Monday, July 06, 2009


Back in 1984, I got a Kindergarten Parent Conference Evaluation Sheet.

I found this document this past weekend while we were painting and cleaning out my office. Check marks mean the child is having normal progress. Comments indicate specific weaknesses and strengths.

All my teacher's comments were about my weaknesses.

I did not receive a check for WORKS AND PLAYS WELL WITH OTHERS, but instead this comment:

no-calls names

I did not receive a check for Is courteous, respectful and cooperative, but instead this comment:

poor bus conduct.

And at the bottom:

Not remember school rules.

First of all, I still struggle with playing well with others and being cooperative. Whoops. And second, what's with a kindergarten teacher writing in fragmented sentences?


Rachel H said...

That's really funny. I found my son's preschoool teachers last year writing notes home to me with misspellings. Hmmmm.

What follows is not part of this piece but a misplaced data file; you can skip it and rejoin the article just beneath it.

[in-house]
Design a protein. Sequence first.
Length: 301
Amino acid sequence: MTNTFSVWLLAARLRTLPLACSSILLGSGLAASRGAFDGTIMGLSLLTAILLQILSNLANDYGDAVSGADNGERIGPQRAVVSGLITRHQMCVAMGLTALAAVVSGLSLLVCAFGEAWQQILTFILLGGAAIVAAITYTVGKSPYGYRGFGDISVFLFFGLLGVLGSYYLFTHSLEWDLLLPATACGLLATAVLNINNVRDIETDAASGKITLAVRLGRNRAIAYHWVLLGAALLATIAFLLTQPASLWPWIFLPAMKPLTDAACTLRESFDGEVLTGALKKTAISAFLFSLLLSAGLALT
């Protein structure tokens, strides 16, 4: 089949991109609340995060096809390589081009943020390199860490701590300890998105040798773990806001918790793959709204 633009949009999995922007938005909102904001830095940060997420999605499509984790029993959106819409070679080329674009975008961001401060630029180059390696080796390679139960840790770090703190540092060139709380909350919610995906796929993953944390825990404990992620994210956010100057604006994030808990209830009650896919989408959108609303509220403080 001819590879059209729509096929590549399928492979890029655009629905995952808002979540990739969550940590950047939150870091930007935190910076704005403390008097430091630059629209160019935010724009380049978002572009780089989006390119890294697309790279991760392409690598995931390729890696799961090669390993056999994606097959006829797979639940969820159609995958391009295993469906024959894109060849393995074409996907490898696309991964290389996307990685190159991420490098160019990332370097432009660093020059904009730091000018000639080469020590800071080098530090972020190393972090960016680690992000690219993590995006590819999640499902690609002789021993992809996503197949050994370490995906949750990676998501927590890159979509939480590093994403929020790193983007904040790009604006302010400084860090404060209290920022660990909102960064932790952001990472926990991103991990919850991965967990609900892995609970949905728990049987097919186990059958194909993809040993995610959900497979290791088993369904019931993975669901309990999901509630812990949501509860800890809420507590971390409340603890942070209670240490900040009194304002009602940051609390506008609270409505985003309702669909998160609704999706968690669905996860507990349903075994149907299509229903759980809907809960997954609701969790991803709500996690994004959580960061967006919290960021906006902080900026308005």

Melissa said...

No-calls names? Really?

This all makes me a little nervous.

I mean, this make me no happy.

Kage said...

Melissa, I think she meant, No, she calls people names.

HHRose said...

No joke, my mom used to correct letters sent home from teachers with her red pen and make me bring them BACK. Therapy, here I come.

hdknowles said...

Several years ago, one of the professors in Education at University of Maryland posted an assignment his 2nd grade daughter had been given by her teacher. The child was asked to write a story - the emphasis was getting the ideas down, not on correct spelling or grammar. When the child came home from school after the assignment was handed back to her, the entire page was full of red marks and circles. The following day, the professor posted the assignment on the bulletin board in the education building at UMD with the comment "this is an example of how not to be a 2nd grade teacher". The teacher was the talk of the school for weeks. Incidentally, she is the same teacher who asked her children to write a letter to Santa, and after the exercise was over, told them to take the letter and give it to their parents, "who were the real Santas". By some strange miracle, the teacher wasn't at the school the following September.